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HARRIS: Eric Maynor will make Wizards better on, off court
Question of the Day
Some news passed across the desk early Monday that looks as if it will become a reality. This news will serve a dual purpose.
It will make the Wizards better.
It will make me very happy.
The Wizards are probably more concerned about the first part of it, which is understandable. Nonetheless, they will be getting a thank-you card from me.
Michael Lee of The Washington Post noted on Twitter on Monday morning that the Wizards had contacted free-agent guard Eric Maynor about joining the team. Later Monday, Lee tweeted that a deal had been reached.
Maynor became a free agent when the Portland Trail Blazers, the team that acquired him from Oklahoma City late in the season, decided not to extend a qualifying offer. The Blazers just drafted C.J. McCollum out of Lehigh, which kind of squeezes Maynor out of the picture. So he became an unrestricted free agent.
He’ll cost a couple of million or more, so I can’t help the Wizards there.
But I can vouch for this: They are getting a quality piece who will help greatly as the team tries to distance itself from its fairly recent days as Knucklehead Central. He can play, and you won’t have to worry about Maynor making headlines for all the wrong reasons.
In what seems like another lifetime ago, I spent 14 months working in the athletic communications office at Virginia Commonwealth University. The job really wasn’t a good fit, which is more on me than it is on them. But it wasn’t a bad time, either. I worked with a lot of quality people. Among them — Eric Maynor.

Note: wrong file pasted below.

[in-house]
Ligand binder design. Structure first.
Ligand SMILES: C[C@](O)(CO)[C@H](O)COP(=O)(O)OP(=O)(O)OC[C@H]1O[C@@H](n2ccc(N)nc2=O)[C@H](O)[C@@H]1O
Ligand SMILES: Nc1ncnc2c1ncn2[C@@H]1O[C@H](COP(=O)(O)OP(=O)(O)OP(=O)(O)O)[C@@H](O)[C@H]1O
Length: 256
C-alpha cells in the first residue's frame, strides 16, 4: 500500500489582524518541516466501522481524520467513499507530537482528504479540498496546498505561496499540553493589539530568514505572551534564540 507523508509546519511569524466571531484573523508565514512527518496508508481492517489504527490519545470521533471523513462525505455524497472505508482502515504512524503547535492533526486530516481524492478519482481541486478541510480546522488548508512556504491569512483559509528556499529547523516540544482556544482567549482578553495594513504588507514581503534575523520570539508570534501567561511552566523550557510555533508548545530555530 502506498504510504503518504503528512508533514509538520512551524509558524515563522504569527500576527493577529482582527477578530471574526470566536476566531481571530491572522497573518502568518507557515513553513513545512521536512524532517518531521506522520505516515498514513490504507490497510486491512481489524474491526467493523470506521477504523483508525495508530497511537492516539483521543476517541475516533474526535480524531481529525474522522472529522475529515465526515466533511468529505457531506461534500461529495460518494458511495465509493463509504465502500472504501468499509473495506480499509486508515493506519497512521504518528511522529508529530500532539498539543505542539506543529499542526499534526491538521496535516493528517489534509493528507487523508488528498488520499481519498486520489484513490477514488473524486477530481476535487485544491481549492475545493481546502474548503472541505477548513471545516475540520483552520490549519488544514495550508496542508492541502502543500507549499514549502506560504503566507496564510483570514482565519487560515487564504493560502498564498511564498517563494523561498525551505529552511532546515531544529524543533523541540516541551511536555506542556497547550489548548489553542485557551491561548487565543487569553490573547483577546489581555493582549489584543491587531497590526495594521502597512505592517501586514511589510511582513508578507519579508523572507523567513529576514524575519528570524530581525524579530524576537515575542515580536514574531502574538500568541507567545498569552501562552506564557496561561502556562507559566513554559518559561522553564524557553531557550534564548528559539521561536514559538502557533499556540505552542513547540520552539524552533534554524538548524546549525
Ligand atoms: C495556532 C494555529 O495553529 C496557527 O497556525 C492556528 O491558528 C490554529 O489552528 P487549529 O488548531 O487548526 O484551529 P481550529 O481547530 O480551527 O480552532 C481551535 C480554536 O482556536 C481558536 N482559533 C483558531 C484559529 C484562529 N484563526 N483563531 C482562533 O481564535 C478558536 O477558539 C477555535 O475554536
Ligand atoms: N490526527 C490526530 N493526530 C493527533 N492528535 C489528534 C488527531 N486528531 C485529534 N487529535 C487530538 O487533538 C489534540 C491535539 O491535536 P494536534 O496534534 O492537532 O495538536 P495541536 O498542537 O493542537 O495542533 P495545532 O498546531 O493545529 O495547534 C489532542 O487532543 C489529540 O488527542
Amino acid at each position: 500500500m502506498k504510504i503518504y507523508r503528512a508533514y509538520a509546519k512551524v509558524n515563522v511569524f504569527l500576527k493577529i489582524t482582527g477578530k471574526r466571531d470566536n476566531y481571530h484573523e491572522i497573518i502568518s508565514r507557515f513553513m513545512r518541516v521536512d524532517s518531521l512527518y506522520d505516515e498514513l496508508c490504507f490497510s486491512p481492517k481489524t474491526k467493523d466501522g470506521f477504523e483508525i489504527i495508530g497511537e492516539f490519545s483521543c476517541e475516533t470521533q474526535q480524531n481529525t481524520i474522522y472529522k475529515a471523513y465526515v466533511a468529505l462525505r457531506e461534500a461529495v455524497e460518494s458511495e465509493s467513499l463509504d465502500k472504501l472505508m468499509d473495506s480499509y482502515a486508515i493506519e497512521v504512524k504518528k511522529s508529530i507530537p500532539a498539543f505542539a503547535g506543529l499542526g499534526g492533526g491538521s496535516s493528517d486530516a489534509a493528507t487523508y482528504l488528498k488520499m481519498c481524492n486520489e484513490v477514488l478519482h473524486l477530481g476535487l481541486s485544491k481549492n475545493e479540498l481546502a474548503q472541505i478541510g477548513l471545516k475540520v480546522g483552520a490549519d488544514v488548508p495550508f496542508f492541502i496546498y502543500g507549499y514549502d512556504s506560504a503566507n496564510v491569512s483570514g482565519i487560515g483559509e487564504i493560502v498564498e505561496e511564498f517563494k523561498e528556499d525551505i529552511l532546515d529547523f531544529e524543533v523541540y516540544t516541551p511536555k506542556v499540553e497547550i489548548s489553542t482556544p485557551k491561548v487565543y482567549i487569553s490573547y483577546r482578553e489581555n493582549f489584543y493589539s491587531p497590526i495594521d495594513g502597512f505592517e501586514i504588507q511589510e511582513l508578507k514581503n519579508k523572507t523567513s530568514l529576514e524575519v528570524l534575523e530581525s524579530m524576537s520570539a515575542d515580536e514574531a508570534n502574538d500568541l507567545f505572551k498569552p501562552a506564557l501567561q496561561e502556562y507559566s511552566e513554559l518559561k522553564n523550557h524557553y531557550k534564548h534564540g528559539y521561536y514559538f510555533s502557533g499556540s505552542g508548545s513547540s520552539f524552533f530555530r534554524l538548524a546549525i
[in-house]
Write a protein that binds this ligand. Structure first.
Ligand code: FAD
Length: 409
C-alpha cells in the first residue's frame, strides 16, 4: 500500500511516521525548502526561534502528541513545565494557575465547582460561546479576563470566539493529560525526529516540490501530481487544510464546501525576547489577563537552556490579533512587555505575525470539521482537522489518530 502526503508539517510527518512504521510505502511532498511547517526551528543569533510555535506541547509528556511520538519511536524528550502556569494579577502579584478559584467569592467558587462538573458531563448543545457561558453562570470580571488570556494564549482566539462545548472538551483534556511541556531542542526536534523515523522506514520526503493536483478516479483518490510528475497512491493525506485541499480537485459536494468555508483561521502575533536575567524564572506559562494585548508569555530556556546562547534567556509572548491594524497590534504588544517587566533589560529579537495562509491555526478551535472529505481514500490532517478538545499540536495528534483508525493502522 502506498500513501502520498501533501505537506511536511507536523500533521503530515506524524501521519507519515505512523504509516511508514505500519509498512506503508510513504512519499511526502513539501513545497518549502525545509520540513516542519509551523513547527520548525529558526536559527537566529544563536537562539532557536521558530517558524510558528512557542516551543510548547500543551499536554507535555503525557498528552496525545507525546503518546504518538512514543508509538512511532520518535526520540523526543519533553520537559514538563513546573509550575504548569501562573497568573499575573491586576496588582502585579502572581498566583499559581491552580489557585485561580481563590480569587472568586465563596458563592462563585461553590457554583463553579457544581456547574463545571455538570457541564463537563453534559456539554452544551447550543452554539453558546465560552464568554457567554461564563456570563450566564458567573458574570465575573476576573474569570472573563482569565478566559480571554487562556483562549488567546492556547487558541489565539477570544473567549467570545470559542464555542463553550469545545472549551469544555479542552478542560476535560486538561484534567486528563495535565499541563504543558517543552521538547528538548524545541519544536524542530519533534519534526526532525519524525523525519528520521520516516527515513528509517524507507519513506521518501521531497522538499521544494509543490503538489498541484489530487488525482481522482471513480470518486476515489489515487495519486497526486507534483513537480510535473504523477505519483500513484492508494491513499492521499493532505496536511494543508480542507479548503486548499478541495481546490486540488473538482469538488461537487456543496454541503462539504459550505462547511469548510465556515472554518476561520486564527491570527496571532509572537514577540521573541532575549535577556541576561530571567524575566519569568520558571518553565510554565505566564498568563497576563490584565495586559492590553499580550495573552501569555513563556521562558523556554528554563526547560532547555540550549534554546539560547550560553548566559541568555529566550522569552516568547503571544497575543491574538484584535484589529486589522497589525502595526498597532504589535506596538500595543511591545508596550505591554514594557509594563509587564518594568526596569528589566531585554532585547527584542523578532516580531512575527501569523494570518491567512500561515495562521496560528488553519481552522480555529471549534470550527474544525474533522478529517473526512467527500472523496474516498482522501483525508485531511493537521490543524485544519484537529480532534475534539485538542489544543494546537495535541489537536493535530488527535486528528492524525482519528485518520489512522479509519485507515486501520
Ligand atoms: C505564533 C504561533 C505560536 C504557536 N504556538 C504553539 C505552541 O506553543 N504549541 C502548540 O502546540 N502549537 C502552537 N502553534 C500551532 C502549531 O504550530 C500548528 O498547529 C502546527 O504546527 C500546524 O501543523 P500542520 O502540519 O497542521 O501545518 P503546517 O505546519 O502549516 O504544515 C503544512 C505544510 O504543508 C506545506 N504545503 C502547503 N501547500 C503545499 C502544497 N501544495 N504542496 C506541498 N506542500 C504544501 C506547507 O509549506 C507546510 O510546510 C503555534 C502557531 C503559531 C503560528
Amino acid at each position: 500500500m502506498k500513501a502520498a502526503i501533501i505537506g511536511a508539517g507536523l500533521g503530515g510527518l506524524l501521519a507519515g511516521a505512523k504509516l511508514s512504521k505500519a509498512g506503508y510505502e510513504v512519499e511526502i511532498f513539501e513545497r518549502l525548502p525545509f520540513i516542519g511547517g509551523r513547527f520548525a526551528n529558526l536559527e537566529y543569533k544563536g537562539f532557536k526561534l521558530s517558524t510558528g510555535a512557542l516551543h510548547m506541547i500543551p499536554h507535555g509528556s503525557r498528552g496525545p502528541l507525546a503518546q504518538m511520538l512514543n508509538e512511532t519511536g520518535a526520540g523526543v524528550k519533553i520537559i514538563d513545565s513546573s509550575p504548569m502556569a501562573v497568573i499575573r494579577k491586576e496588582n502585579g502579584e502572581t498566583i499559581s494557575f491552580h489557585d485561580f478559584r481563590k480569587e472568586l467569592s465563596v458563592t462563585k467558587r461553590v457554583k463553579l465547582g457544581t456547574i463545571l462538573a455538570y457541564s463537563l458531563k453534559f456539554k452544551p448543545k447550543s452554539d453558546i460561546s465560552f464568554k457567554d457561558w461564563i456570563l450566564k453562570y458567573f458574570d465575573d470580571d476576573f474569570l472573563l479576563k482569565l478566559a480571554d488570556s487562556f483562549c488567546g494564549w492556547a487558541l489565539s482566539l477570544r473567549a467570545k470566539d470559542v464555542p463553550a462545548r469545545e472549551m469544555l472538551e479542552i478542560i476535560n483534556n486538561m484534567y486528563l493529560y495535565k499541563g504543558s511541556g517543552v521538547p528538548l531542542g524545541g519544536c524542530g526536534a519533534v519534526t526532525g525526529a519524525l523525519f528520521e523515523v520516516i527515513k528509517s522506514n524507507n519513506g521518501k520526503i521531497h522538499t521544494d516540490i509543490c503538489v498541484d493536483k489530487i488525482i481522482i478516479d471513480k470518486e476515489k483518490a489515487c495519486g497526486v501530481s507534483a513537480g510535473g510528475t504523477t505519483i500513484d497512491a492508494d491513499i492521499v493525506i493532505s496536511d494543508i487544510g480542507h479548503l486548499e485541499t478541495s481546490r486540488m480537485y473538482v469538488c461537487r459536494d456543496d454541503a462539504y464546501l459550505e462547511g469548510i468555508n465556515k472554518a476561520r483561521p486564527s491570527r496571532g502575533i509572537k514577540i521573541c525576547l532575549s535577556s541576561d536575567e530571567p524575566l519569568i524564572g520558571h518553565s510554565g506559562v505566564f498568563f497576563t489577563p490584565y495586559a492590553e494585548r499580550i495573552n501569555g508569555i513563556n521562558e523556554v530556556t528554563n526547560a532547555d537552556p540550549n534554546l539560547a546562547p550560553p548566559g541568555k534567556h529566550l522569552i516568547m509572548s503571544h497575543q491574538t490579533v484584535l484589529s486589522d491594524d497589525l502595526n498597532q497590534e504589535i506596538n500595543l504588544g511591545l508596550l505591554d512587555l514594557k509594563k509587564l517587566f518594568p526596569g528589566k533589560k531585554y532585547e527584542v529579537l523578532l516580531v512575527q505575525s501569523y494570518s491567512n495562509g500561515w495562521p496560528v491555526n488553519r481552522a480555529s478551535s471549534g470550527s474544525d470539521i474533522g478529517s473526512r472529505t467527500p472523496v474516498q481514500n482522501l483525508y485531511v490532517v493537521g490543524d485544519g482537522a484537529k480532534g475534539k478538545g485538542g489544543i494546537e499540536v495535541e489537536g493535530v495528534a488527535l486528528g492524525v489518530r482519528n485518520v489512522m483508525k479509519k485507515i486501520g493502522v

Somewhere in the current office waiting to get hung on the wall is a framed shot of Maynor rising to hit the shot that beat Duke in the first round of the NCAA tournament in 2007. The shot itself became legendary in VCU’s history and it served as something of a national coming-out party for a player VCU already knew was pretty good. To get in the NCAA tournament, VCU had to beat George Mason in the CAA championship game. Maynor had a two-minute spurt toward the end where he scored nine points and helped deliver the comeback victory.
By the time he was done, Maynor was a two-time CAA Player of the Year who also made the league’s all-academic team once.
Whatever we needed out of him, Maynor delivered. As the face of the program, he was in demand for a lot of interviews and he handled it with grace.
After his last home game, countless fans stayed around to see if they could get Maynor to sign a poster, the score sheet, a program, a T-shirt, something, anything. Part of my job was to get him from interview to interview and he mentioned he’d like to take care of those fans. I told him that could take awhile but if he wanted to do it, I’d stay so he could. (Maynor could more than handle himself but someone had to be the bad guy if things got out of hand or the session went on too long.)
“They’ve supported me for four years, I’ll stay as late as I need to stay,” Maynor said.
© Copyright 2014 The Washington Times, LLC. Click here for reprint permission.
About the Author
Washington Times sports editor Mike Harris has more than 30 years experience in the business as a reporter, columnist and manager. He’s covered a wide variety of events including two Olympics, horse racing, auto racing, professional and college sports. E-mail him at firstname.lastname@example.org and follow the section on Twitter @WashTimesSports.
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